Three days in Cairns

posted in: Down Under 2024 | 3

I flew from Sydney to Cairns and stayed there for three nights. I scheduled two all-day outings. Here’s the full story.

At the moment I’m in Brisbane Airport awaiting my flight to Auckland. (I flew here from Cairns this morning.)

As usual, you can skip to the photos if you don’t want to read about my experiences.

Sunday 31 March

I had a flight departing at 8:10 from Sydney on Virgin Australia. The good news is that the Sydney Airport is just a short train ride from the city. The bad news is I got on the wrong train and had to backtrack and change to a different train. The good news is I’m pretty anal about getting to the airport early, so even with the delay, I had plenty of time to make my flight.

I got a shuttle from the airport to my hotel, the Oaks. My room wasn’t ready, so I wandered around the city for a few hours. I found the locations for where I would need to check in for my Great Barrier Reef excursion and for my Kuranda excursion, and I had lunch at the food court at a mall next to the train station.

Once I got to my room and got settled in, I walked along the waterfront. Cairns is an interesting place, because it has the vibe of a beach resort town, but the beaches are pretty much off limits. They are mostly all reserved for migrating birds. There is a huge swimming pool, and that’s pretty much where people hang out.

Along the waterfront is a nice walking path (think malécon) lined with bars and restaurants on one side and nice beach and ocean views on the other. The marina where all the Great Barrier Reef excursions depart was a short walk from my hotel. Everything was very convenient to where I was staying.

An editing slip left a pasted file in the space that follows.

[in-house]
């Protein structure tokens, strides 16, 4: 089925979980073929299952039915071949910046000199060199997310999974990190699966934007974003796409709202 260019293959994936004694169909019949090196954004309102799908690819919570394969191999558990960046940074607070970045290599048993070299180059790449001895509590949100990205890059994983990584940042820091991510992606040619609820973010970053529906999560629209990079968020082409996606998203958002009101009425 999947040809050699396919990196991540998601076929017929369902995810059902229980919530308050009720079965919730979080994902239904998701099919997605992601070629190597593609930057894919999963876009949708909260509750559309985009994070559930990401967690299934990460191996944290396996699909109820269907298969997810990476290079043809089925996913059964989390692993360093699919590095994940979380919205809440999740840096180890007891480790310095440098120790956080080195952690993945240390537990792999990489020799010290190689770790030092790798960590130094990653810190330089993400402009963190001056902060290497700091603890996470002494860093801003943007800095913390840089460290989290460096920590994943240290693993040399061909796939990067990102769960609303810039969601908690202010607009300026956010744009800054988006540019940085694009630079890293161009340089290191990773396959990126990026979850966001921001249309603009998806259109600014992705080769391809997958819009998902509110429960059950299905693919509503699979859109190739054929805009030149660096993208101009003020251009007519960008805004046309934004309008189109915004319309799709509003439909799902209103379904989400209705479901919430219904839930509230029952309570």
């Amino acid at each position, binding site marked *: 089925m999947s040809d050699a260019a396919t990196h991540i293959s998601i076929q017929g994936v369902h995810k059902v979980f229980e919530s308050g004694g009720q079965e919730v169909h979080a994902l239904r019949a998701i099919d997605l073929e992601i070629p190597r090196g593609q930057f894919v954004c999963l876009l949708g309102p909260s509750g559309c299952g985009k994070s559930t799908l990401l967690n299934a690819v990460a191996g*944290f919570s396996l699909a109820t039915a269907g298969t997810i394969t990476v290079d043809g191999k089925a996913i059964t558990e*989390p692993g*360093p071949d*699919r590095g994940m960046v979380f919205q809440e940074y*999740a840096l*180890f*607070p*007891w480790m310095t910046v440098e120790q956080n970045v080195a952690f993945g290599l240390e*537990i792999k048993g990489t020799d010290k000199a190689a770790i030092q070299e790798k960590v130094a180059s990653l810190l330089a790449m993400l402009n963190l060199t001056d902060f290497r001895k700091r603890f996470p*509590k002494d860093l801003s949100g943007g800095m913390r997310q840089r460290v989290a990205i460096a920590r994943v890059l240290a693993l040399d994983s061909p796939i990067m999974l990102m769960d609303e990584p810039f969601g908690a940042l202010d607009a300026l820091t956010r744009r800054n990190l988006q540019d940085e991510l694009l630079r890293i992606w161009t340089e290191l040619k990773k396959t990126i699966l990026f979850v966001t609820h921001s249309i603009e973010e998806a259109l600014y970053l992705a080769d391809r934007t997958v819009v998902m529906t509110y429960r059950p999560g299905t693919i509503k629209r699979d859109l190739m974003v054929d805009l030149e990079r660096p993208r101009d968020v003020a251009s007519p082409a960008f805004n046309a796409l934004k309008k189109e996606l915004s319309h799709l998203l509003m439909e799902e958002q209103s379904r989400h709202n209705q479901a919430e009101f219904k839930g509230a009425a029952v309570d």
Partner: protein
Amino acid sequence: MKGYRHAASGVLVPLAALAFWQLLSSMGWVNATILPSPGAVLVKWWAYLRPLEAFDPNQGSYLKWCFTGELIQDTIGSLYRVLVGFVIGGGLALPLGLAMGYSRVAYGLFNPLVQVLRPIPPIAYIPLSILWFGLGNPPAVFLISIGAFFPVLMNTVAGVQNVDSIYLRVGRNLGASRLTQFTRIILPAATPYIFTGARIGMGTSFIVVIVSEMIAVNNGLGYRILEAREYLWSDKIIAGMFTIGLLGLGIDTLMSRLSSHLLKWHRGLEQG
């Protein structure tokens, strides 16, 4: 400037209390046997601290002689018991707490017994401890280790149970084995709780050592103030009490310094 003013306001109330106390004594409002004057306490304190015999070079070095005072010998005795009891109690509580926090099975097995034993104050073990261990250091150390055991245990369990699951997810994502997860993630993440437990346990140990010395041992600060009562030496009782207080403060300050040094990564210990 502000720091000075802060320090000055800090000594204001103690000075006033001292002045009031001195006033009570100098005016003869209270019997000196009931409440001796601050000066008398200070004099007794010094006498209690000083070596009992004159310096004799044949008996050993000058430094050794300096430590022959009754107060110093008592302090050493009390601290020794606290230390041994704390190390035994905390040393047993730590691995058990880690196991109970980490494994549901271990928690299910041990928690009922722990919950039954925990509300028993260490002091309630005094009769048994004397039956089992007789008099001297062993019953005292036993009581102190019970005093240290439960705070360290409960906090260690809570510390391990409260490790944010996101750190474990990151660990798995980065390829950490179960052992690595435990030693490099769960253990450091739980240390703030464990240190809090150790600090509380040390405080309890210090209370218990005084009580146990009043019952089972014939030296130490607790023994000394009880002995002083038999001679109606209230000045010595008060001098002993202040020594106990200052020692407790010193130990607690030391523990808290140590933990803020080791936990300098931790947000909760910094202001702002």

Monday 1 April

I checked in for my Great Barrier Reef excursion. I selected Ocean Free because it was limited to 25 people on a smaller boat. After I checked in, I saw a counter where they were renting GoPros, and I thought this was finally my chance to get a photographic record of the spectacular colors of the reef and the fish. 

When I was seeing all the larger boats heading out, I was glad of my choice. The crew were very nice, and I got to chatting with a number of the other guests. The waters were quite rough, though, and our boat was significantly slower than most of the others. I’m not prone to seasickness, and I was enjoying the ride. I assumed at the reef the seas would be more calm.

Snorkeling at the Great Barrier Reef